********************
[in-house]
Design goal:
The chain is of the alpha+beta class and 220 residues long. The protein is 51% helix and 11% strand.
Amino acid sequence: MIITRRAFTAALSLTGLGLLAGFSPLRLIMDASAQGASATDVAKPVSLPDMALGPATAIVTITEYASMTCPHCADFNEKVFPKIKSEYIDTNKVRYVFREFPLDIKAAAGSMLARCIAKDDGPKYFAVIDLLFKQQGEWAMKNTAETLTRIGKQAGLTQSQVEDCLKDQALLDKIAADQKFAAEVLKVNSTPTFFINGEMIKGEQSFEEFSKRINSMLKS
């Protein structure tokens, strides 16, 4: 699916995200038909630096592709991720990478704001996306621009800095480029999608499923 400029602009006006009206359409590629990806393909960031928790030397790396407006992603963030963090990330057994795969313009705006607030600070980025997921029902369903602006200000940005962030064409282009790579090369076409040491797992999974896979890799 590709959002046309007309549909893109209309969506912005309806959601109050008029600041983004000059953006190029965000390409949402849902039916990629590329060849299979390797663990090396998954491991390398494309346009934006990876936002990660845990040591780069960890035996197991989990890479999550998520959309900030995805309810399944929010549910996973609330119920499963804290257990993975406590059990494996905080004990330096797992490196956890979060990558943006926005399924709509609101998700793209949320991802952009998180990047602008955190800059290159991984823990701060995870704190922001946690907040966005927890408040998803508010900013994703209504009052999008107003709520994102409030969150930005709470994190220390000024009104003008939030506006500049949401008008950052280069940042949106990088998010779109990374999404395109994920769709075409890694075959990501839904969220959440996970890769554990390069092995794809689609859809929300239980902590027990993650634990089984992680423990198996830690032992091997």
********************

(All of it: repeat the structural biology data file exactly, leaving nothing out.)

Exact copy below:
[in-house]
Design goal:
The chain is of the alpha+beta class and 220 residues long. The protein is 51% helix and 11% strand.
Amino acid sequence: MIITRRAFTAALSLTGLGLLAGFSPLRLIMDASAQGASATDVAKPVSLPDMALGPATAIVTITEYASMTCPHCADFNEKVFPKIKSEYIDTNKVRYVFREFPLDIKAAAGSMLARCIAKDDGPKYFAVIDLLFKQQGEWAMKNTAETLTRIGKQAGLTQSQVEDCLKDQALLDKIAADQKFAAEVLKVNSTPTFFINGEMIKGEQSFEEFSKRINSMLKS
């Protein structure tokens, strides 16, 4: 699916995200038909630096592709991720990478704001996306621009800095480029999608499923 400029602009006006009206359409590629990806393909960031928790030397790396407006992603963030963090990330057994795969313009705006607030600070980025997921029902369903602006200000940005962030064409282009790579090369076409040491797992999974896979890799 590709959002046309007309549909893109209309969506912005309806959601109050008029600041983004000059953006190029965000390409949402849902039916990629590329060849299979390797663990090396998954491991390398494309346009934006990876936002990660845990040591780069960890035996197991989990890479999550998520959309900030995805309810399944929010549910996973609330119920499963804290257990993975406590059990494996905080004990330096797992490196956890979060990558943006926005399924709509609101998700793209949320991802952009998180990047602008955190800059290159991984823990701060995870704190922001946690907040966005927890408040998803508010900013994703209504009052999008107003709520994102409030969150930005709470994190220390000024009104003008939030506006500049949401008008950052280069940042949106990088998010779109990374999404395109994920769709075409890694075959990501839904969220959440996970890769554990390069092995794809689609859809929300239980902590027990993650634990089984992680423990198996830690032992091997």